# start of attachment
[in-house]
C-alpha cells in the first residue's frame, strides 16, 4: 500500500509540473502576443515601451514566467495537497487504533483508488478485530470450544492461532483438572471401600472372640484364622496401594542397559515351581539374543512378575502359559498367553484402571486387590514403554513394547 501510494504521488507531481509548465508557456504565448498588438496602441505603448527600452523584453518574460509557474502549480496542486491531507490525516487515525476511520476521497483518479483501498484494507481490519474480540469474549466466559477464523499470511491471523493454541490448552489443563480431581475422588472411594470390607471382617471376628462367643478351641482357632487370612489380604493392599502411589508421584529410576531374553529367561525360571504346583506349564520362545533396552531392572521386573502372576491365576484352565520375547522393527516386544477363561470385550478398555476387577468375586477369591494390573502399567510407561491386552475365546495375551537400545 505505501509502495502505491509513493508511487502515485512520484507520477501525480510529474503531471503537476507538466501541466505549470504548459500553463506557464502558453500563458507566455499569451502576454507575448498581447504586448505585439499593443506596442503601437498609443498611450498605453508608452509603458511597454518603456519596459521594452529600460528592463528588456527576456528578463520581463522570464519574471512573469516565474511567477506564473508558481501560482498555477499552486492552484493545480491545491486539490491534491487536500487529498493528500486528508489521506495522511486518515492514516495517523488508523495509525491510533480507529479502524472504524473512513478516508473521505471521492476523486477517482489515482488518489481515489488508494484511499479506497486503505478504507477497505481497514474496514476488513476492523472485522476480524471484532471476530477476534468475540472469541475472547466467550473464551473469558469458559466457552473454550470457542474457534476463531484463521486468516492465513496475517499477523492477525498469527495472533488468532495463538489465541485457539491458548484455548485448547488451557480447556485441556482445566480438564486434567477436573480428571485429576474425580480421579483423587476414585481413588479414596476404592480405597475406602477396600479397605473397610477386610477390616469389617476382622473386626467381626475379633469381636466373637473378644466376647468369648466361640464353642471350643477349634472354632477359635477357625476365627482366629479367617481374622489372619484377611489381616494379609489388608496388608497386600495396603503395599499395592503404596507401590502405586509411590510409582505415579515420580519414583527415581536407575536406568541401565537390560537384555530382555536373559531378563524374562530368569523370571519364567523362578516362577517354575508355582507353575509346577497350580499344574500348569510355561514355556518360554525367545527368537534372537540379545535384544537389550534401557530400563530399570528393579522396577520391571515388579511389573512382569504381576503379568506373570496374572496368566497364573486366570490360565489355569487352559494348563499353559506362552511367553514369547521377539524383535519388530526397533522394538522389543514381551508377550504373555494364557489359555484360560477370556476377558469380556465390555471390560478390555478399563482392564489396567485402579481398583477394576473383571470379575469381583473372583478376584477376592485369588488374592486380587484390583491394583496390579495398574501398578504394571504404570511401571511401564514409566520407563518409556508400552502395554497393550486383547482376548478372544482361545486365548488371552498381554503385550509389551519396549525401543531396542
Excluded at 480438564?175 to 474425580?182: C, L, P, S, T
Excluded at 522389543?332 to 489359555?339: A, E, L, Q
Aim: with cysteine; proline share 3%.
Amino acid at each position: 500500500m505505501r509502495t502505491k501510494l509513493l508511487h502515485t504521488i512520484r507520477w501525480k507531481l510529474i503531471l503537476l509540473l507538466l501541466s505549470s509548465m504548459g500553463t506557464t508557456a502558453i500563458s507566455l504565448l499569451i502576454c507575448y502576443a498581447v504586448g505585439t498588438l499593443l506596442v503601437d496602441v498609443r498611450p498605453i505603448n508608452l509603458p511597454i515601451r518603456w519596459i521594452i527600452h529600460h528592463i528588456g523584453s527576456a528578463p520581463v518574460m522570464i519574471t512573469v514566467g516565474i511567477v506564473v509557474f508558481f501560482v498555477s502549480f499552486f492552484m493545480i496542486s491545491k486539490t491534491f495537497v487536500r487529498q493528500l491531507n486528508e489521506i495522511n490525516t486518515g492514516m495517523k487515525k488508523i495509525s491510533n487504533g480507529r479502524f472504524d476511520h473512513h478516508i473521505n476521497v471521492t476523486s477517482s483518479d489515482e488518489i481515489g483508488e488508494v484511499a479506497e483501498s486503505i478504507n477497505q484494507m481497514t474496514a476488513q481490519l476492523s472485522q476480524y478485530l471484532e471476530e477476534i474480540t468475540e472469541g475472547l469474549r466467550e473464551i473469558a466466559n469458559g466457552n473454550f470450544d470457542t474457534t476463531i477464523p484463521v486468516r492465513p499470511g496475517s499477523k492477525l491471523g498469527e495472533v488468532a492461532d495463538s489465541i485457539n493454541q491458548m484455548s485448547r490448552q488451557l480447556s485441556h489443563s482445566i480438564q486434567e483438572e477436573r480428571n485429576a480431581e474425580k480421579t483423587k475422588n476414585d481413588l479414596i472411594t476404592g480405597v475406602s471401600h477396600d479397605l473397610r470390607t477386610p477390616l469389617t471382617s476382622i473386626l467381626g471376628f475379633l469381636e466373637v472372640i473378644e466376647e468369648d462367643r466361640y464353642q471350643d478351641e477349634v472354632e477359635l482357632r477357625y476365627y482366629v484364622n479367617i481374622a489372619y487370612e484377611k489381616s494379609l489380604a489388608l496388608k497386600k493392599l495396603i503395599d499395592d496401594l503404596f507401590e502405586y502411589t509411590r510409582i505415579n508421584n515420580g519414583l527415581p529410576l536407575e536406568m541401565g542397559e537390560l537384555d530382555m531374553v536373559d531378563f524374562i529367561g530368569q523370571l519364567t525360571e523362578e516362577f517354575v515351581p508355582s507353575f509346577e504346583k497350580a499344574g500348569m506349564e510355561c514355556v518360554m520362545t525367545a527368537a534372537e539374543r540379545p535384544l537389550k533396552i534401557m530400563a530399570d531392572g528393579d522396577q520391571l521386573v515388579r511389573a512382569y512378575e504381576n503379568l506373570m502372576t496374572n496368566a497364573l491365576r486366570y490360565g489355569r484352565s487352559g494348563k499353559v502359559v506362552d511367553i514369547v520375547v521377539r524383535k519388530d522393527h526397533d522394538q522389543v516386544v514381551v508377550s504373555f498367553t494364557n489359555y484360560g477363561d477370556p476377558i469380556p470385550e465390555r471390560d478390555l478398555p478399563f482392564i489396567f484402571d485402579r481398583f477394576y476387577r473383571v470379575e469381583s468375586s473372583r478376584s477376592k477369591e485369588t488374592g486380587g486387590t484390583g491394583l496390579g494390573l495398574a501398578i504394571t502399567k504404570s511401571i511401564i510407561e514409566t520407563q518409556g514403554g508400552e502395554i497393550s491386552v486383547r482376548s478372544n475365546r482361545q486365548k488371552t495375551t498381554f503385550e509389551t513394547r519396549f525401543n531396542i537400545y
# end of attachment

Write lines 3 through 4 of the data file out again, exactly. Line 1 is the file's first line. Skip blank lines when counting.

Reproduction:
Excluded at 480438564?175 to 474425580?182: C, L, P, S, T
Excluded at 522389543?332 to 489359555?339: A, E, L, Q